A Teacher’s Holiday Survival Guide

A Teacher’s Holiday Survival Guide
Brian Gatens November 4, 2013

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You survived Halloween but that was just a warm-up for the busy days ahead with Thanksgiving and Christmas coming soon.

A colleague of mine always likes to call this time of year “Hurricane Season.” The combination of colder weather (for those in seasonal areas), shorter days, later nights, and the (sometimes forced) frivolity of the holiday season increase the stress on staff members and students alike.

With that in mind, my Teachers’ Holiday Survival Guide will help get you through the holidays in one piece (and also keep the peace).

Let children be children

With all the clamor for higher standards and improved test scores, I think we run the risk of driving childhood out of our schools. Rather than fight the excitement and enthusiasm of this time of the year, I suggest you dive right into it with gusto. Don’t hesitate to decorate your classroom, complete holiday-related class projects, and take part in activities that get your students into the spirit of the season. Thanksgiving, with its firm grounding in American history and culture, provides an excellent opportunity to do this.

Take care of yourself

I always consider the holiday season as running from Halloween to New Year’s Day. In between are late nights, colder weather, and plain old-fashioned “busy-ness.” Take it easy on yourself: Be sure to get enough sleep, try to eat balanced meals and stay active, carve out time for self-care, and always, always wash your hands at school. Teachers have the immune systems of a superhero, but even we have to watch our health. On that same note, be sure to let parents know if their child isn’t feeling well.

Be extra patient

The holidays are a double-edged sword. On one side you have the expectation that this is a joyous and wonderful time of the year — and for many of our students, it is. Opposite that feeling, though, is the possibility that some students (and colleagues) may be feeling an acute loss. The holidays can awaken memories of who can’t be there this year, which is one of the reasons why some people might be a little on edge. As a result, be sure to be as patient as possible, and don’t be surprised if normally even-keeled people seem to struggle.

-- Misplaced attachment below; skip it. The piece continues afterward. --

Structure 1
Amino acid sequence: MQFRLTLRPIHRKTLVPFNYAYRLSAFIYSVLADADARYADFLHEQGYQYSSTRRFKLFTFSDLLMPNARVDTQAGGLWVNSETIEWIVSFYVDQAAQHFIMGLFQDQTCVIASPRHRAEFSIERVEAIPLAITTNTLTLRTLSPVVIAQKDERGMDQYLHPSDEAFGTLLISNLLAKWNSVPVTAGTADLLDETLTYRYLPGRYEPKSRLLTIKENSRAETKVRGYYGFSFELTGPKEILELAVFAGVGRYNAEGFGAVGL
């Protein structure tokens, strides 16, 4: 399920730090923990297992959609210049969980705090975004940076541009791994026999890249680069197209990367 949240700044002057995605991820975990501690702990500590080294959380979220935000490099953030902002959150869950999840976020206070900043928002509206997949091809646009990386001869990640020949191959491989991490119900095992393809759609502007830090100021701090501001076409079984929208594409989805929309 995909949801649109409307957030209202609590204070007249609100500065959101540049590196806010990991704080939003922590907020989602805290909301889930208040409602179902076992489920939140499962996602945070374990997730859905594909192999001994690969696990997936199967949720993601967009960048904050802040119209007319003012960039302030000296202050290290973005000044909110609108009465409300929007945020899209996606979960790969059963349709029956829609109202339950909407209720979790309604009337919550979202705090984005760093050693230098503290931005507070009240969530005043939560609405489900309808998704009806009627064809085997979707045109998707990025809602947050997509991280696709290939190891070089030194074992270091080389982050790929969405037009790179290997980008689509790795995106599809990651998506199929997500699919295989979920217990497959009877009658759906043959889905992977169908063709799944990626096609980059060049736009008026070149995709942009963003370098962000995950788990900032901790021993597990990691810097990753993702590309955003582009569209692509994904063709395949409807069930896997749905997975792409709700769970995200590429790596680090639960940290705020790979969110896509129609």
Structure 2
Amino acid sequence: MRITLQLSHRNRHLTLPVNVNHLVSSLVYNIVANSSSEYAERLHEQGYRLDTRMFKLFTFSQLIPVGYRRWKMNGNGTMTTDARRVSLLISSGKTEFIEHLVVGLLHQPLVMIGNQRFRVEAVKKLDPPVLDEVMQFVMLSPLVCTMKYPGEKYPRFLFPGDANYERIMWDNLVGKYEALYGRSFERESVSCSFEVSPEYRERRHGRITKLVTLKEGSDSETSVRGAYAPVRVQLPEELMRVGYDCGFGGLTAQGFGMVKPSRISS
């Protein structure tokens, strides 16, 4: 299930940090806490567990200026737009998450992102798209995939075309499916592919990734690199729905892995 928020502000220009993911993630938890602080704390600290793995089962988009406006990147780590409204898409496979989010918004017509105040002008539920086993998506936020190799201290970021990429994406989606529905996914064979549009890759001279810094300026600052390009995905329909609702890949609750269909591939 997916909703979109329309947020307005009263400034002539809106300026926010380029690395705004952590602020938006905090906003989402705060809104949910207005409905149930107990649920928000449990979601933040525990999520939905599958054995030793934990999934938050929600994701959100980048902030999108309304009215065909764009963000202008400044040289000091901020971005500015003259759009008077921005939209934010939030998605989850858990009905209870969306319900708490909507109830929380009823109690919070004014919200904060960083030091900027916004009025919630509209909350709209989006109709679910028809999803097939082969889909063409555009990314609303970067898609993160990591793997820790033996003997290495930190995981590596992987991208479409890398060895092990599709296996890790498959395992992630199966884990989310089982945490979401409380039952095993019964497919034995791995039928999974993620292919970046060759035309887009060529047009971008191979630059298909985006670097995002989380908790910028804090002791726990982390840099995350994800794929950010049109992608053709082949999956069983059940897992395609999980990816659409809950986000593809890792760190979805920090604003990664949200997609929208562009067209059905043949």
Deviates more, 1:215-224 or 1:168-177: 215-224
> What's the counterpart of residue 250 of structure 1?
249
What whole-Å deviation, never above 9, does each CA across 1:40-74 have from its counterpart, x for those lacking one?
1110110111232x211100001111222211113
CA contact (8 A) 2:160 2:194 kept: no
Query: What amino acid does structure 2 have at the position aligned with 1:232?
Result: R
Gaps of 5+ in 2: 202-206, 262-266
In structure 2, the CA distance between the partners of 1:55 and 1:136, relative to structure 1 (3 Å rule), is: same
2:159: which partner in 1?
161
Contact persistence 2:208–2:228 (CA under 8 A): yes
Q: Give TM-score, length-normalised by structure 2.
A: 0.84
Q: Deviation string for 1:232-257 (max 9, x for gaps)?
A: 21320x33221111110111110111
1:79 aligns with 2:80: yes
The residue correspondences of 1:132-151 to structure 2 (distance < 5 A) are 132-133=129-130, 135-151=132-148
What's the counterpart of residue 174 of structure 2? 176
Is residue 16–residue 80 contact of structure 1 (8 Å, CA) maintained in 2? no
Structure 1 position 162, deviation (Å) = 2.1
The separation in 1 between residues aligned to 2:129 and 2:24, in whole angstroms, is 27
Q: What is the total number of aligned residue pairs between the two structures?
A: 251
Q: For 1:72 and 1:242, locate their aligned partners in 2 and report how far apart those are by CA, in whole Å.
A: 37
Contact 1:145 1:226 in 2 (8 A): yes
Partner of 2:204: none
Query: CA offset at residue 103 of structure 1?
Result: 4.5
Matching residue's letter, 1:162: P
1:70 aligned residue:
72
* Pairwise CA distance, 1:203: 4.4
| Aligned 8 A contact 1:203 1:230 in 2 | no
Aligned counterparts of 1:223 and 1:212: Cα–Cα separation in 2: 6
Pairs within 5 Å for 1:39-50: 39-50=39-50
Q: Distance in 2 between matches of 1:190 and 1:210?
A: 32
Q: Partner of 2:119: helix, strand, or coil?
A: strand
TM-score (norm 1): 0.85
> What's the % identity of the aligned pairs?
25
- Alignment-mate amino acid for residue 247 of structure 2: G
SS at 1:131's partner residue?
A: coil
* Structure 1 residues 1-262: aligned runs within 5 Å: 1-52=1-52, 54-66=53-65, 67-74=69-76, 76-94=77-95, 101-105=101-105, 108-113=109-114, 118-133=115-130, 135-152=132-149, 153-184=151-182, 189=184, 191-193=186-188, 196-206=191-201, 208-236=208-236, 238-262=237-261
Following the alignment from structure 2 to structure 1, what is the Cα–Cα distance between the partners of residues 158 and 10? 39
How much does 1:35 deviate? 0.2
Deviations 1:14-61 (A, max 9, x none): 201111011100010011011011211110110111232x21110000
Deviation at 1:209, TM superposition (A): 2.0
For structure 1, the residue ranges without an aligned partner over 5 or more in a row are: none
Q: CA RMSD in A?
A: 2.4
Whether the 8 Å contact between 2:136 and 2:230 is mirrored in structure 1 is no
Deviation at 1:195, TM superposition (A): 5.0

Be respectful of all

This isn’t really a “survival guide” item, but it bears repeating: Be certain that you respect and acknowledge all relevant religions and cultural traditions during the holiday season. Many teachers mistakenly think the separation of church and state means that schools have to be “religion-free” zones.

Instead, schools can use this time of the year as an opportunity to teach all children about the wide variety of cultural religious observances. Due to the sometimes knee-jerk reaction to this topic, I suggest that you bounce ideas off your colleagues and administrators.

An educator for two decades, Brian P. Gatens is superintendent/principal at Norwood Public School in Norwood, New Jersey. Gatens has worked at the K-12 level in public and private school settings in urban and suburban districts. He has been a classroom teacher, vice principal, principal, and now superintendent/principal.

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